Should parents be concerned about their children watching His Dark Materials? Based on Philip Pullman’s trilogy of fantasy-themed novels, a series adaptation will premiere on both BBC One and HBO in November 2019. The show is rated TV-14 in the United States due to its content and themes, and while the books have been widely read by all ages, some aspects of His Dark Materials may be upsetting for younger children.
His Dark Materials (mainly) takes place in a parallel universe. In this world, people have animals companions - a concept that doesn’t appear too scary with no additional context. But these companions, or “daemons,” lay the groundwork for larger ideas about religion and human existence, as the characters embody the soul itself. The original novel series includes a subplot involving cryptic “dust,” which connects to the religious concept of original sin. A feature film adaptation, The Golden Compass, was previously released in 2007.
The original His Dark Materials novel series follows young protagonists Lyra Belacqua and Will Parry, along with their daemons, Pantalaimon and Kirjava, respectively. For the first season of the TV adaption, the storyline mostly focuses on Lyra Belacqua (Dafne Keen) - most notably her experiences with Lord Asriel Belacqua (James McAvoy) and Marisa Coulter (Ruth Wilson). Amir Wilson is set to join the cast in the second season as Will.
While His Dark Materials may seem like it’s geared towards younger viewers, the franchise wasn’t conceptualized with a target demographic in mind. According to His Dark Materials producer Jane Tranter, the series is “for adults which children can watch.” There's no sexual content in the books (though there is an implied sexual encounter in the third book, The Amber Spyglass). There's also little in the way of bad language, so the TV-14 rating is likely due to intense scenes of peril and moderate violence. With regards to the latter, the books feature scenes of characters being stabbed and shot, as well as a gruesome fight between two bears (which may ultimately be toned down for the TV show).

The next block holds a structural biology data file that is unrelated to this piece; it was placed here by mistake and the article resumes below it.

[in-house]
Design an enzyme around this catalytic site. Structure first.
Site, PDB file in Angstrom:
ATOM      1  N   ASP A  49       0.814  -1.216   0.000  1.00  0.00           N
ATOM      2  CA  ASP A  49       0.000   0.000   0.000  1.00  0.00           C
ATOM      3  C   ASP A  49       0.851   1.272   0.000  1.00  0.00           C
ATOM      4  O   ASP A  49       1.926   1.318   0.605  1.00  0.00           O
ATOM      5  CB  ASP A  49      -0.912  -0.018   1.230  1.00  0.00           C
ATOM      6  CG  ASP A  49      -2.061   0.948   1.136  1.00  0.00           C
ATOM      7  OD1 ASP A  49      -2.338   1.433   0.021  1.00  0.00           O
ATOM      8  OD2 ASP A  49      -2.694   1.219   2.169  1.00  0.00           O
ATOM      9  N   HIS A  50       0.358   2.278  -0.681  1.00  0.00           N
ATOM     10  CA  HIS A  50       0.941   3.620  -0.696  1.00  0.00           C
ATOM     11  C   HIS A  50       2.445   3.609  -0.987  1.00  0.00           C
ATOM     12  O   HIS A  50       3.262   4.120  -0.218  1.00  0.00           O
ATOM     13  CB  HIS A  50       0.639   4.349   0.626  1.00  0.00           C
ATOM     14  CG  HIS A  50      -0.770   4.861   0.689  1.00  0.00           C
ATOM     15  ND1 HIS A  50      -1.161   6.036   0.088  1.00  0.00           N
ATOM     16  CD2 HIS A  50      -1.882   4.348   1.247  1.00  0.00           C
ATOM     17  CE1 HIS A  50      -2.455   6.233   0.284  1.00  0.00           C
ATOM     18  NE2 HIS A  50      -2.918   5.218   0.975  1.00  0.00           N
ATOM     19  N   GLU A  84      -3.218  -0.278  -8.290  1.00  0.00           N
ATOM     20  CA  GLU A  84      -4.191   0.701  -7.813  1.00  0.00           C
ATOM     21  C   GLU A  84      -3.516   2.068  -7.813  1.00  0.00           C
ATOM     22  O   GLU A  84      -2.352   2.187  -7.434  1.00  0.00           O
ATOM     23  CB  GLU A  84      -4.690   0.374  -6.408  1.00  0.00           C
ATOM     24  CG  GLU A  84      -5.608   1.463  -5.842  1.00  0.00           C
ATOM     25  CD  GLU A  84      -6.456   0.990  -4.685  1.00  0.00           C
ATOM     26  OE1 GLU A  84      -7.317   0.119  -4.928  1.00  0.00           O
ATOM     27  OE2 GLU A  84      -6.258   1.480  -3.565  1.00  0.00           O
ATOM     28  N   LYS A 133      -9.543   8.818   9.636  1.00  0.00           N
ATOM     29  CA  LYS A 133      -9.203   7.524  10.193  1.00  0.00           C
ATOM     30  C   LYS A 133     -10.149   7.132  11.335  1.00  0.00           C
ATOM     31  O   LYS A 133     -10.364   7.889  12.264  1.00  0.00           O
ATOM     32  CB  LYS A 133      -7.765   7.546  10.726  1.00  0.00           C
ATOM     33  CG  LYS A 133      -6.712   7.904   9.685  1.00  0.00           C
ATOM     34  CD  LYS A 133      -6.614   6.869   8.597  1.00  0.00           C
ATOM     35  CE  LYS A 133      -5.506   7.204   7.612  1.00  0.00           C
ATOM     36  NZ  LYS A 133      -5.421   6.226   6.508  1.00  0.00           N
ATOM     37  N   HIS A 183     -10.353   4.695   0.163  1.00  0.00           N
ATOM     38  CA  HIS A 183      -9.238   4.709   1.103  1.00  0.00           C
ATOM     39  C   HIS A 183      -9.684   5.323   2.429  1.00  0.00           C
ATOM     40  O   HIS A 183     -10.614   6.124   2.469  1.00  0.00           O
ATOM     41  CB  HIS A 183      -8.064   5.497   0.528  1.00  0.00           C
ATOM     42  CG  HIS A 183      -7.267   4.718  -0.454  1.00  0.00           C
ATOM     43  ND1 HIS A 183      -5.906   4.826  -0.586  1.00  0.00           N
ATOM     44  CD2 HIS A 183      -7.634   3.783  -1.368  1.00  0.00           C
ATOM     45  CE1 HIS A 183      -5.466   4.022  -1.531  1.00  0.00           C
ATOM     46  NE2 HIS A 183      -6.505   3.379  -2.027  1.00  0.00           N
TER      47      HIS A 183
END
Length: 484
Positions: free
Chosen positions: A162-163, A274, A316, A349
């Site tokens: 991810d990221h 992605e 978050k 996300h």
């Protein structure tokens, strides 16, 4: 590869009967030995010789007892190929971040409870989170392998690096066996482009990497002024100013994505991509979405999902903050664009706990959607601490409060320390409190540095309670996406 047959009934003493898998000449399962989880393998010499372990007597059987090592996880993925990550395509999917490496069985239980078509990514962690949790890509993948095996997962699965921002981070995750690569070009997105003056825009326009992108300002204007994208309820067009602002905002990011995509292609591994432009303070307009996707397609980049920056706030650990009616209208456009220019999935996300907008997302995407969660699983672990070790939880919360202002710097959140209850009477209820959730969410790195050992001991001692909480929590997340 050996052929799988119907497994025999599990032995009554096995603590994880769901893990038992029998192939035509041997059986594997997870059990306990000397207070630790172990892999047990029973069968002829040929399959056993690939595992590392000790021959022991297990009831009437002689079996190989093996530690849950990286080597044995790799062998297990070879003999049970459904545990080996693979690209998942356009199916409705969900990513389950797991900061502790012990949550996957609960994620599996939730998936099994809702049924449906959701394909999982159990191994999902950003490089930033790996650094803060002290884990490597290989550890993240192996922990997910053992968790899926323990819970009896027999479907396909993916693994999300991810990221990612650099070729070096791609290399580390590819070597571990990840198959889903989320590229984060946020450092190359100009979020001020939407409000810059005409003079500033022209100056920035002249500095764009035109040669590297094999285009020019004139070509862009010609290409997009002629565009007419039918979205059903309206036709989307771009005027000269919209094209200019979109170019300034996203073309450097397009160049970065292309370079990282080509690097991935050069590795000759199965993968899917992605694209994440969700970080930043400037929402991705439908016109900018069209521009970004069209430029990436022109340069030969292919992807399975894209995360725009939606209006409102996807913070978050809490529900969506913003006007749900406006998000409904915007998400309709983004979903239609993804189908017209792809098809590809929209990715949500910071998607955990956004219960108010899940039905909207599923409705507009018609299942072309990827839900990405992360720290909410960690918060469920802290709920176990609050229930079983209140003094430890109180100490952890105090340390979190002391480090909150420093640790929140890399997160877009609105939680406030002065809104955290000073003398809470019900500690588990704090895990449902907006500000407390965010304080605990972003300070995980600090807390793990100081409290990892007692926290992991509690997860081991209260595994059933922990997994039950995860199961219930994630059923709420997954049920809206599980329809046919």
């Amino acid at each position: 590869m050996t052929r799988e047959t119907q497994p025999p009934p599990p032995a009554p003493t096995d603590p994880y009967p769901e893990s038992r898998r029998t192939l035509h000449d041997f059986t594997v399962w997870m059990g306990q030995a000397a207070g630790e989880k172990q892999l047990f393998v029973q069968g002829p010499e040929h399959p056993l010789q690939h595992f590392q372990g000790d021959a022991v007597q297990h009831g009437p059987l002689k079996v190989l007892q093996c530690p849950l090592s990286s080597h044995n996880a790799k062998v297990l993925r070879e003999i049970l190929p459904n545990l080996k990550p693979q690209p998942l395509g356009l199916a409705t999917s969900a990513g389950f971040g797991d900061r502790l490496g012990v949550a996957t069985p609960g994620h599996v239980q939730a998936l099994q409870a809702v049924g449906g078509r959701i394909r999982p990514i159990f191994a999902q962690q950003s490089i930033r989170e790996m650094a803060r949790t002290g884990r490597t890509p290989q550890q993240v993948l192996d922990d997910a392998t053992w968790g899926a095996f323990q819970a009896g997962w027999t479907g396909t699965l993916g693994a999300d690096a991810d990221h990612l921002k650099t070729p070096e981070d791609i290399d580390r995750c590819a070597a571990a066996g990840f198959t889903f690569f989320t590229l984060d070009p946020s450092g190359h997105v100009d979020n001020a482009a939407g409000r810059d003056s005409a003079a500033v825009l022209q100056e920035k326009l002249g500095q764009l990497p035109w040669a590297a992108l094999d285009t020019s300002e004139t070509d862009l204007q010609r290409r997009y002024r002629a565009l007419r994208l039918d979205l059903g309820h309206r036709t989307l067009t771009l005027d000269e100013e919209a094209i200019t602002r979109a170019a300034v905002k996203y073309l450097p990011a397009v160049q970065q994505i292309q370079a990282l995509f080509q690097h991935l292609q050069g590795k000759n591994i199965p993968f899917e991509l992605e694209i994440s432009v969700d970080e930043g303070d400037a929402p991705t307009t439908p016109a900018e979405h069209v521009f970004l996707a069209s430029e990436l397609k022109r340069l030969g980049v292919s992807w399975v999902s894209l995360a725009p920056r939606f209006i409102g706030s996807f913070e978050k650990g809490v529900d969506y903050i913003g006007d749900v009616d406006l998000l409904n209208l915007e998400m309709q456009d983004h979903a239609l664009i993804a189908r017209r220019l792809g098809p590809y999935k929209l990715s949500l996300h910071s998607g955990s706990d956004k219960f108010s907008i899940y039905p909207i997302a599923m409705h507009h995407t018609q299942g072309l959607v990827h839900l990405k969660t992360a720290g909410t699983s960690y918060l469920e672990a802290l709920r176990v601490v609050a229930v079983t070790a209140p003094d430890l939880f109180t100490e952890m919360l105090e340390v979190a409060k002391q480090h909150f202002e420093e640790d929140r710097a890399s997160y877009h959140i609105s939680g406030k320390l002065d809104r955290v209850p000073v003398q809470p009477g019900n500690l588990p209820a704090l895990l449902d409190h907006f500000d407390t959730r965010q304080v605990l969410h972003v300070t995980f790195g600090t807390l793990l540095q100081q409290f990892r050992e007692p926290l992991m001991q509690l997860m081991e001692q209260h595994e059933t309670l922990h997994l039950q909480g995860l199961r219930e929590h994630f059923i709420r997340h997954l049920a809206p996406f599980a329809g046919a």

The themes of His Dark Materials are also worthy of consideration for parents. Children are kidnapped and used for experiments involving the aforementioned "dust," and there are scenes where children and animals are injured, tormented, or killed. There’s also heavy content associated with religion, and in fact His Dark Materials has come under fire for its portrayal of the Magisterium - a thinly-veiled analog for the Catholic church.
These concepts could be intellectually stimulating, or even inspiring, for some viewers, so parents may want to pick and choose what they elaborate on during a first watch. But for children watching without supervision, some of His Dark Materials' themes could be frightening or upsetting, and its scenes of peril and violence will probably not be suitable for young children.